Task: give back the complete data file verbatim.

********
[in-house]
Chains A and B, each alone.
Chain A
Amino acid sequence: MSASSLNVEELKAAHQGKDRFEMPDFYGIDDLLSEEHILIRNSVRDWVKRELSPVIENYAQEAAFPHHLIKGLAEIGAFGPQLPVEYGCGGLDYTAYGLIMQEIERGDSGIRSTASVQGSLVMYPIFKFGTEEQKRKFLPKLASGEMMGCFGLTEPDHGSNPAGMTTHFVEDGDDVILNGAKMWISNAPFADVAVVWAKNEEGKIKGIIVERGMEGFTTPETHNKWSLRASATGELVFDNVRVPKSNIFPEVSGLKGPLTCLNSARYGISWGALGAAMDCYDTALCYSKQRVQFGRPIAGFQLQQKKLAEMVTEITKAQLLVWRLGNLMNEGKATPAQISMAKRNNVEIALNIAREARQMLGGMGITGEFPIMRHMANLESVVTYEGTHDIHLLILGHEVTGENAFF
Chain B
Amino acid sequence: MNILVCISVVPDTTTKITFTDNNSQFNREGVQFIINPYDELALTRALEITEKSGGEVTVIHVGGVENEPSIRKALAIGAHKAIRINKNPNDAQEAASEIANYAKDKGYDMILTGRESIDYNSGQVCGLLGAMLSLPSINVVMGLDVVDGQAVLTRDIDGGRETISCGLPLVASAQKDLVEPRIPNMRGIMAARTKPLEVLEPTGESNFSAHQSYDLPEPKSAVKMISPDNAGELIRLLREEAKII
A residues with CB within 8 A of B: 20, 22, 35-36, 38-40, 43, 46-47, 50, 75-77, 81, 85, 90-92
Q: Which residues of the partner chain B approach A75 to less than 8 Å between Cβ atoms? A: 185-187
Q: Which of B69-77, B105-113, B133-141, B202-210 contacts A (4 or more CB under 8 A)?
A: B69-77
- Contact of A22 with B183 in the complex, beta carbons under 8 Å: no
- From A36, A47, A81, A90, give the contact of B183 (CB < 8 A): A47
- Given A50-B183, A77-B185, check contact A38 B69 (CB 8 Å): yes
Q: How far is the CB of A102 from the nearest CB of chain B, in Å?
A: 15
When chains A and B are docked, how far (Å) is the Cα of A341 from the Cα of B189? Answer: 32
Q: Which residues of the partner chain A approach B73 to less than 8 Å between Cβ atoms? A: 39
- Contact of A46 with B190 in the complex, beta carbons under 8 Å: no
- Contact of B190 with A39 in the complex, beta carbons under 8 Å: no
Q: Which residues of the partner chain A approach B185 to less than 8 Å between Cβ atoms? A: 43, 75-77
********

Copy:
[in-house]
Chains A and B, each alone.
Chain A
Amino acid sequence: MSASSLNVEELKAAHQGKDRFEMPDFYGIDDLLSEEHILIRNSVRDWVKRELSPVIENYAQEAAFPHHLIKGLAEIGAFGPQLPVEYGCGGLDYTAYGLIMQEIERGDSGIRSTASVQGSLVMYPIFKFGTEEQKRKFLPKLASGEMMGCFGLTEPDHGSNPAGMTTHFVEDGDDVILNGAKMWISNAPFADVAVVWAKNEEGKIKGIIVERGMEGFTTPETHNKWSLRASATGELVFDNVRVPKSNIFPEVSGLKGPLTCLNSARYGISWGALGAAMDCYDTALCYSKQRVQFGRPIAGFQLQQKKLAEMVTEITKAQLLVWRLGNLMNEGKATPAQISMAKRNNVEIALNIAREARQMLGGMGITGEFPIMRHMANLESVVTYEGTHDIHLLILGHEVTGENAFF
Chain B
Amino acid sequence: MNILVCISVVPDTTTKITFTDNNSQFNREGVQFIINPYDELALTRALEITEKSGGEVTVIHVGGVENEPSIRKALAIGAHKAIRINKNPNDAQEAASEIANYAKDKGYDMILTGRESIDYNSGQVCGLLGAMLSLPSINVVMGLDVVDGQAVLTRDIDGGRETISCGLPLVASAQKDLVEPRIPNMRGIMAARTKPLEVLEPTGESNFSAHQSYDLPEPKSAVKMISPDNAGELIRLLREEAKII
A residues with CB within 8 A of B: 20, 22, 35-36, 38-40, 43, 46-47, 50, 75-77, 81, 85, 90-92
Q: Which residues of the partner chain B approach A75 to less than 8 Å between Cβ atoms? A: 185-187
Q: Which of B69-77, B105-113, B133-141, B202-210 contacts A (4 or more CB under 8 A)?
A: B69-77
- Contact of A22 with B183 in the complex, beta carbons under 8 Å: no
- From A36, A47, A81, A90, give the contact of B183 (CB < 8 A): A47
- Given A50-B183, A77-B185, check contact A38 B69 (CB 8 Å): yes
Q: How far is the CB of A102 from the nearest CB of chain B, in Å?
A: 15
When chains A and B are docked, how far (Å) is the Cα of A341 from the Cα of B189? Answer: 32
Q: Which residues of the partner chain A approach B73 to less than 8 Å between Cβ atoms? A: 39
- Contact of A46 with B190 in the complex, beta carbons under 8 Å: no
- Contact of B190 with A39 in the complex, beta carbons under 8 Å: no
Q: Which residues of the partner chain A approach B185 to less than 8 Å between Cβ atoms? A: 43, 75-77